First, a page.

Peter Guralnick is best-known for his biographies of Elvis Presley, Sam Cooke and Sam Phillips. He’s a good solid writer with a deep knowledge of popular American music, especially blues, soul and country. Rock writers have a reputation for being dopey and self-indulgent fanboys. That’s not Guralnick. Some years ago I read an essay by him, “Falling Into Place,” collected in The Oxford American Book of Great Music Writing (2008). He describes resolving at age fifteen to become a writer and casually reveals a couple of surprises:
“When I was fifteen, too, I fell in love with the blues: Lightnin’ Hopkins and Big Bill Broonzy, Leadbelly and Muddy Waters, Howlin’ Wolf and Blind Willie McTell. I lived it, breathed it, absorbed it by osmosis, fantasized it—don’t ask me why. It was like the writing of Italo Svevo or Henry Green: It just turned me around in a way that I am no more inclined to quantify or explain today than I was then.”
Finding the names of Svevo and Green in the prose of a popular music writer was a shock. It’s not a demographic renowned for adventuresome good taste in literature. That the novelists cited by Guralnick were among my favorites made the surprise even sweeter. “Falling Into Place” now serves as the opening chapter to Guralnick’s latest book, Looking to Get Lost: Adventures in Music and Writing (Little, Brown and Co., 2020). Even better, he includes a chapter titled “Henry Green: A Personal Memoir and Appreciation,” which substantiates my sense that Guralnick is not being a pretentious literary poser.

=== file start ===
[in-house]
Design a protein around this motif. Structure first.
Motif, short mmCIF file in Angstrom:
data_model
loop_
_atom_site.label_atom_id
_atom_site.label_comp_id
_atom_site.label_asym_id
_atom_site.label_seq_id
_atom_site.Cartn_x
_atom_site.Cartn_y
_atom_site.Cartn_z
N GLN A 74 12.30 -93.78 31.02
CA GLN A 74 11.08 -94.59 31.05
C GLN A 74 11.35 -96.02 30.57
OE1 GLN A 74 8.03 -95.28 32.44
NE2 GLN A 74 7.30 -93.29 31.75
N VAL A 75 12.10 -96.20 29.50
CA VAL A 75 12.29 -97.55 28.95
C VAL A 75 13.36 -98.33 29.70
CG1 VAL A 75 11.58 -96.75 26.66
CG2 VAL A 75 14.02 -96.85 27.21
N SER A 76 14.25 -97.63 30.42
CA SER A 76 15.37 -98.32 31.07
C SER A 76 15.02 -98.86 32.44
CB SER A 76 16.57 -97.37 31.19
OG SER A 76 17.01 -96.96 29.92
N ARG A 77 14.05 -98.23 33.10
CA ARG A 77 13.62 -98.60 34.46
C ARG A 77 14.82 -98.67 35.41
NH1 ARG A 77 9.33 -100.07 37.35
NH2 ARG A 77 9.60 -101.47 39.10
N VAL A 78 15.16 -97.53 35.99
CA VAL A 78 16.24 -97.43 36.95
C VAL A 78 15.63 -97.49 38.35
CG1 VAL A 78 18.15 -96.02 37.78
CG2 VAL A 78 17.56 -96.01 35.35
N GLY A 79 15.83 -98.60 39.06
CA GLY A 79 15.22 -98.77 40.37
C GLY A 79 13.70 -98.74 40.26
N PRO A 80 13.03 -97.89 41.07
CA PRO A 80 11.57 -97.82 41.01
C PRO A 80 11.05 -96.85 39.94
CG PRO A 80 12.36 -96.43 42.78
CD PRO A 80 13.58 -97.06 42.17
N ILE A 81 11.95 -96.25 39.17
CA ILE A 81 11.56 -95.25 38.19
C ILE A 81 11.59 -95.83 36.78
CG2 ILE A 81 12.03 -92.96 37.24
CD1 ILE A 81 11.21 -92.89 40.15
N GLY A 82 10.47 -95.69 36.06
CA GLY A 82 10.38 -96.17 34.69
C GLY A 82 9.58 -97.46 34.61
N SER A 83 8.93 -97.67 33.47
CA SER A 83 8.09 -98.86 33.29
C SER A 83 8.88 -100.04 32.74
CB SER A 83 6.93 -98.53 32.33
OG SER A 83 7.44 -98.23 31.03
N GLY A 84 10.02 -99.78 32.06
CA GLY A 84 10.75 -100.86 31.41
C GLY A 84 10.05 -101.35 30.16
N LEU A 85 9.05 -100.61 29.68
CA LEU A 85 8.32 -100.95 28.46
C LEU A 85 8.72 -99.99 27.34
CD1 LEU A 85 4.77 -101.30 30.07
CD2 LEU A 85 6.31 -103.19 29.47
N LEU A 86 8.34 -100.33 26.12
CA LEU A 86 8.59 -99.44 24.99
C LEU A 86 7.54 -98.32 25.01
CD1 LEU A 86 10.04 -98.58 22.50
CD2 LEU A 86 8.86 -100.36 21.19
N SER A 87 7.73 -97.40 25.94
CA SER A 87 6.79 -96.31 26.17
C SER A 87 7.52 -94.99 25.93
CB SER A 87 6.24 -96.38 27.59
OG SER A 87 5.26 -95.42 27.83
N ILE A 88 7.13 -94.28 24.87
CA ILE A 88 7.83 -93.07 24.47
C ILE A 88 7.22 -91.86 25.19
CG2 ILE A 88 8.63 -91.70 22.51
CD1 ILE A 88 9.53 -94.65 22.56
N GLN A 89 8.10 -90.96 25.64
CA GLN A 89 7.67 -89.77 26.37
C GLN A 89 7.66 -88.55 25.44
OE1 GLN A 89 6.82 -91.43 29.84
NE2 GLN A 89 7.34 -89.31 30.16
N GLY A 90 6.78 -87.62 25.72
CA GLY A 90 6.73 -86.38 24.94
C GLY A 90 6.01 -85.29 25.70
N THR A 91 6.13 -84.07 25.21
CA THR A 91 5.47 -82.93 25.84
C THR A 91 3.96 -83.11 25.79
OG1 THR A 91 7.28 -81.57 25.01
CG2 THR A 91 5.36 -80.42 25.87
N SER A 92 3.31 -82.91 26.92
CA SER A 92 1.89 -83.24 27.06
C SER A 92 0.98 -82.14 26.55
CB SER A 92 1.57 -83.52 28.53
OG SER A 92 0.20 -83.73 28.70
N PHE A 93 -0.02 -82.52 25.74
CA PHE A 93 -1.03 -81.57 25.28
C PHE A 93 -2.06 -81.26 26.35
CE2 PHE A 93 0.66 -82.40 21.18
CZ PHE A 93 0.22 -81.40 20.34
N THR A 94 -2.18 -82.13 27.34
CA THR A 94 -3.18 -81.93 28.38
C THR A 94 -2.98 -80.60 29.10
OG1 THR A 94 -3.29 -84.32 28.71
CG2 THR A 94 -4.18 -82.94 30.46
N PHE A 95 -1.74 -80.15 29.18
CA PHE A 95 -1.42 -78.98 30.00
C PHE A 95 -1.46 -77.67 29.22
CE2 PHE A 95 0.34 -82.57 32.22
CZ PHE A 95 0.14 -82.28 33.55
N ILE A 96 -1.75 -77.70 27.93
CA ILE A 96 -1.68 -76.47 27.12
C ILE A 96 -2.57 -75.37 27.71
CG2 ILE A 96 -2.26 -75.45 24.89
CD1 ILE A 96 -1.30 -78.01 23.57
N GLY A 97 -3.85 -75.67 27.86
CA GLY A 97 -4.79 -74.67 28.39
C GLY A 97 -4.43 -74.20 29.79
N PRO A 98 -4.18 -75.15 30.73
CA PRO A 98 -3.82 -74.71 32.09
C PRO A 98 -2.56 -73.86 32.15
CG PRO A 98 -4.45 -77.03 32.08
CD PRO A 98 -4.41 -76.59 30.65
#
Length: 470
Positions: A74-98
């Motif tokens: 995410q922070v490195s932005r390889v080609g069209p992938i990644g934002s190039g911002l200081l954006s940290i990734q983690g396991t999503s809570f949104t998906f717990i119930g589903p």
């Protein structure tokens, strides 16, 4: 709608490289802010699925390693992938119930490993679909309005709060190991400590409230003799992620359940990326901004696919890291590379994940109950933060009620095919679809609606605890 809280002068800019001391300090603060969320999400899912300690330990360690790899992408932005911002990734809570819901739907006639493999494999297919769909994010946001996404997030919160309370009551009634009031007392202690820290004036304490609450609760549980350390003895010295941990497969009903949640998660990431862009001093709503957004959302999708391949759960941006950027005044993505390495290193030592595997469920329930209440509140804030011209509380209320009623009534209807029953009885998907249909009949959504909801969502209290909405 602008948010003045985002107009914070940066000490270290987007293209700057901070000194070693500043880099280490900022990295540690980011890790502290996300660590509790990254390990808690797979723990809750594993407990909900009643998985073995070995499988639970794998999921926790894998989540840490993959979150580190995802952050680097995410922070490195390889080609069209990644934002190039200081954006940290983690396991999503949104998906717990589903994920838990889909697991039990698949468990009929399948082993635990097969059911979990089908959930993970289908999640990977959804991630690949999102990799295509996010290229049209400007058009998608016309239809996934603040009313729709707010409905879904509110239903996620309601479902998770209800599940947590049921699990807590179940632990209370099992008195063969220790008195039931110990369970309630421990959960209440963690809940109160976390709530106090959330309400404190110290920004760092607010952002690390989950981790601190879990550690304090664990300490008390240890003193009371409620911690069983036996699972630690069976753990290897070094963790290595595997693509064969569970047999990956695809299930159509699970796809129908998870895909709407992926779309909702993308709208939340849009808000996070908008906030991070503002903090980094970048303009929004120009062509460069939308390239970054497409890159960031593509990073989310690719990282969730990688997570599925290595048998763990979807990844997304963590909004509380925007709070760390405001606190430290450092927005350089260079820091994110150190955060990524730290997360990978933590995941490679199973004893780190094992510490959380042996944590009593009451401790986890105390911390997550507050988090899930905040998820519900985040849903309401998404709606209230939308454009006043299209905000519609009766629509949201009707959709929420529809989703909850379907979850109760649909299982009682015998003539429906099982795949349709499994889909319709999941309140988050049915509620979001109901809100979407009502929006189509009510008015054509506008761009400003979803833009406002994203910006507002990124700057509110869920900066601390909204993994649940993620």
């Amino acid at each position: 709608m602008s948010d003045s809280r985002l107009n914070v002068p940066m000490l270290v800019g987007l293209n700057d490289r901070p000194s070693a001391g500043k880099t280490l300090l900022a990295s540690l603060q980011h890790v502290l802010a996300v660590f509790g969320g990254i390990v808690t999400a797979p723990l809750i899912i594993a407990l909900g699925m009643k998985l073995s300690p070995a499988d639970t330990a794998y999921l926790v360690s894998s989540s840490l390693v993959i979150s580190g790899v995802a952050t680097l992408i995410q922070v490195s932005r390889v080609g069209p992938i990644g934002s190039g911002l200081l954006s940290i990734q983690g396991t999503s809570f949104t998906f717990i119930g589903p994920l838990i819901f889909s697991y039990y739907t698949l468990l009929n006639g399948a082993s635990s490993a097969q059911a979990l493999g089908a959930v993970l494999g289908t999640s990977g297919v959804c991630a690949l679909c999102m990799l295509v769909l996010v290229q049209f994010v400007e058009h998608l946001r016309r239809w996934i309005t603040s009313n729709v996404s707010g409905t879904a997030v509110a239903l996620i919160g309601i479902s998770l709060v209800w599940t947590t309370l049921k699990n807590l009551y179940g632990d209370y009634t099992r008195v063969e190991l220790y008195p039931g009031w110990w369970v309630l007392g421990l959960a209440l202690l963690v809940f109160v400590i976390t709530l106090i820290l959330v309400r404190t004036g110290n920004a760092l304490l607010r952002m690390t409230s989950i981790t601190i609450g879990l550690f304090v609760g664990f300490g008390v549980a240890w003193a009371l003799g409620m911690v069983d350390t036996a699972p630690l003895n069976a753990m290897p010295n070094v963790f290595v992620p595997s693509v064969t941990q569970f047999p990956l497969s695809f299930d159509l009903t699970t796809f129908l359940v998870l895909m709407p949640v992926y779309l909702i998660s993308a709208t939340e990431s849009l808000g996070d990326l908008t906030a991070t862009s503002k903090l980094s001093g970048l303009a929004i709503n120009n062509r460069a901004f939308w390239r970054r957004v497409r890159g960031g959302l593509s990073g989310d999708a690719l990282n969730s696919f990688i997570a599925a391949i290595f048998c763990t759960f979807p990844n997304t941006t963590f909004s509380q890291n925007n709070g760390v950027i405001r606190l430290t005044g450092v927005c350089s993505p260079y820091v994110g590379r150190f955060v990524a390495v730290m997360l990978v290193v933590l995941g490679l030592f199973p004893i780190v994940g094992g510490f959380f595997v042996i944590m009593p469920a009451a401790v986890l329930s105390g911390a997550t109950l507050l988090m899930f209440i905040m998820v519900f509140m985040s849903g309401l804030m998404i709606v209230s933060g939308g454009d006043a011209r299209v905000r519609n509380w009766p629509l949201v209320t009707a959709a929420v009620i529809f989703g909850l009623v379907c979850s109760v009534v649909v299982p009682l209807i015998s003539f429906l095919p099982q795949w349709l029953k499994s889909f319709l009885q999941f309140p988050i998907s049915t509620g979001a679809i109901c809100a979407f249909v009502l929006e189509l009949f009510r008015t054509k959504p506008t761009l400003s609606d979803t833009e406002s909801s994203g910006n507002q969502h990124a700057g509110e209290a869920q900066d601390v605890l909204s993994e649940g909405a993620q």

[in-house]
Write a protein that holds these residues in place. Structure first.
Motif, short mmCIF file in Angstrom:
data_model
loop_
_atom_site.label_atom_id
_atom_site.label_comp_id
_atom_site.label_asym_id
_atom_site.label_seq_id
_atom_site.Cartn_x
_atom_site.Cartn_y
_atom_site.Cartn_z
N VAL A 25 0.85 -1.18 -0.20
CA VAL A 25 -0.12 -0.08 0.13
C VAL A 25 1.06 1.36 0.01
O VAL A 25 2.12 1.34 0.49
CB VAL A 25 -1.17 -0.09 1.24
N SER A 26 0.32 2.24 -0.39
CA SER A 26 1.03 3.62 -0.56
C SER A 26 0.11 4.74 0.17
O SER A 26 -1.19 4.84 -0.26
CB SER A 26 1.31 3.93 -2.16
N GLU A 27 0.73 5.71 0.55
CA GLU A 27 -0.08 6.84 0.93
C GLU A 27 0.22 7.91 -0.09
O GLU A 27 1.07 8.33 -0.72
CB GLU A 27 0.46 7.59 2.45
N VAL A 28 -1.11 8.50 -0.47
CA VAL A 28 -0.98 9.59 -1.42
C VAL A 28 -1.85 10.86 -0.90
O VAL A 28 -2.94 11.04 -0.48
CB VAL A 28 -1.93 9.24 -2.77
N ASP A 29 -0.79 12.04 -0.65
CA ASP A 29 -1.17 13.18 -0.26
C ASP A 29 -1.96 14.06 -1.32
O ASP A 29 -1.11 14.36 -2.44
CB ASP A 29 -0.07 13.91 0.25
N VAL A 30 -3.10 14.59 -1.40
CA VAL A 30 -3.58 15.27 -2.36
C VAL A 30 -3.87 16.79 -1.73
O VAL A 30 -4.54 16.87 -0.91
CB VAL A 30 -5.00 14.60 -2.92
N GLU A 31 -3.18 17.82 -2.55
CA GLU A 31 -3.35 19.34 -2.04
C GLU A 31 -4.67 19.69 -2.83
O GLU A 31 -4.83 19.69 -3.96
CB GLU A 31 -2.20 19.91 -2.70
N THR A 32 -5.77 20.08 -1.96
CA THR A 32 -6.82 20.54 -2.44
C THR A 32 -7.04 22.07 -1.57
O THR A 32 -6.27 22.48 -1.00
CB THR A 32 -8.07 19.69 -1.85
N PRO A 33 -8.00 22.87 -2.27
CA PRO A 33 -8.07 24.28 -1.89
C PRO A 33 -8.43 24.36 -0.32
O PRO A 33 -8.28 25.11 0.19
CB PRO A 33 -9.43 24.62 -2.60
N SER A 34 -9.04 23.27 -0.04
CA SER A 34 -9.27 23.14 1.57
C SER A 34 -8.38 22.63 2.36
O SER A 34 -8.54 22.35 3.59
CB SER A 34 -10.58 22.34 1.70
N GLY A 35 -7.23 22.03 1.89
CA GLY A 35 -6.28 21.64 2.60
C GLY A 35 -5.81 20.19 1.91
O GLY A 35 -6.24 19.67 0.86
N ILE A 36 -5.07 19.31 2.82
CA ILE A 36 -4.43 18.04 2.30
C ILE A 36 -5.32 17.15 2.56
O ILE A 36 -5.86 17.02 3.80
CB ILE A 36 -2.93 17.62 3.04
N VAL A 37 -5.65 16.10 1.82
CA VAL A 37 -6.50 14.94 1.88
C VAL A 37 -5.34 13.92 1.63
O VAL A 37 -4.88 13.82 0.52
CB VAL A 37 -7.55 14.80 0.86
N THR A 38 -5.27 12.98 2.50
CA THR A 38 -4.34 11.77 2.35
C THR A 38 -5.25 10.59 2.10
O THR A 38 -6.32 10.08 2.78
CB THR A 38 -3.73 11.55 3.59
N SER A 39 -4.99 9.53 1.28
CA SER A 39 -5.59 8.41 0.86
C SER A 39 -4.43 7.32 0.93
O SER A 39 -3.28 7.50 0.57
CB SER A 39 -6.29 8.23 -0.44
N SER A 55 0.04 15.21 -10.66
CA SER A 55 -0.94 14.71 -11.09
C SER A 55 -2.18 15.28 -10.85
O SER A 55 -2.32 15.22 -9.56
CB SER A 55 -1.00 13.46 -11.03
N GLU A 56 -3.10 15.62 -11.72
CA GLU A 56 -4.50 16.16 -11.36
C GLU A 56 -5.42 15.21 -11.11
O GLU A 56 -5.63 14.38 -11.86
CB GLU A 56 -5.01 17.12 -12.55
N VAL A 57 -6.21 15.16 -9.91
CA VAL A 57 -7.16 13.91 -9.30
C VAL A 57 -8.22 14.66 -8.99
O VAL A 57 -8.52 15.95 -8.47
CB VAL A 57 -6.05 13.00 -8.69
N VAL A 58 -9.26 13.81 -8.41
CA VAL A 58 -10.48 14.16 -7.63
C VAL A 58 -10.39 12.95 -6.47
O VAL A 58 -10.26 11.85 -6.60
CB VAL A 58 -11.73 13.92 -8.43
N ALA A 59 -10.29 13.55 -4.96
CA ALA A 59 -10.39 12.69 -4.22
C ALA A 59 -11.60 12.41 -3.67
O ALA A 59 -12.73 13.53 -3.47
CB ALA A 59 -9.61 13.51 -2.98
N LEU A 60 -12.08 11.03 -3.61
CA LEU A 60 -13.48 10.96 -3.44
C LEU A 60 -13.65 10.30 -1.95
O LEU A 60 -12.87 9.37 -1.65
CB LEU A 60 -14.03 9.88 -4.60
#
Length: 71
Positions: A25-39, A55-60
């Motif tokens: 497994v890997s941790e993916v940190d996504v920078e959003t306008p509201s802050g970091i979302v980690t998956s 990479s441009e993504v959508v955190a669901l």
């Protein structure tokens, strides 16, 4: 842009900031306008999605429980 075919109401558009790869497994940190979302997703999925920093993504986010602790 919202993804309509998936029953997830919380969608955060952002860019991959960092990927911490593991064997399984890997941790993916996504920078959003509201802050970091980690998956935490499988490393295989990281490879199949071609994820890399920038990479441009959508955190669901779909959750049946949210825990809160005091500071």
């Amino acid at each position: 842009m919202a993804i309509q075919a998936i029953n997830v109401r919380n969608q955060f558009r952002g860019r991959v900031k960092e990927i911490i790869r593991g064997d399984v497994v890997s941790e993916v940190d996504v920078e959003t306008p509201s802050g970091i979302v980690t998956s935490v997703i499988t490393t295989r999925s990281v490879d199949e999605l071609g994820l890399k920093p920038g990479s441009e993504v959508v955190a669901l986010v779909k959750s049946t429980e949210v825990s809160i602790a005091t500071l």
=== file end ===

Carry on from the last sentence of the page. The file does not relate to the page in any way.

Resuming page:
In 1963, at age nineteen, Guralnick visited England and worked up the nerve to write to Green in care of his publisher. He had already read Green’s nine novels and his memoir, Pack My Bag (1940). The novelist invited him to his home in London. Guralnick describes his reception by the notably eccentric writer as “courteous, animated, deferential, the very model of civility and genuine consideration.” The account is charming and Guralnick works in a bit of literary criticism:
“[A]ll of Green’s work is saved from the sterility of theory by his commitment to the everyday world itself, to the reality of his characters, to the inexplicable variousness of humankind (and human motivation), which is rendered with a brilliance of observation, a warmth of appreciation that cuts across any consideration of style, consistency, or class.”
If you are already an admirer of Green, or have been intimidated by his reputation for difficulty and hesitated to open his books, do read Guralnick’s essay (not to mention his profiles of Solomon Burke, Howlin’ Wolf, Merle Haggard and Doc Pomus). I’ll withhold the unhappy dénouement. Instead, I’ll quote the judgment he makes after having reread all of Green’s books:
“In Henry Green’s case the jauntiness of tone, the jaggedness of style, the graceful lyricism which suggest an almost airy appreciation not only for his characters but for the very participial construction of life, only reinforce the nagging question of why he has not been more widely appreciated.”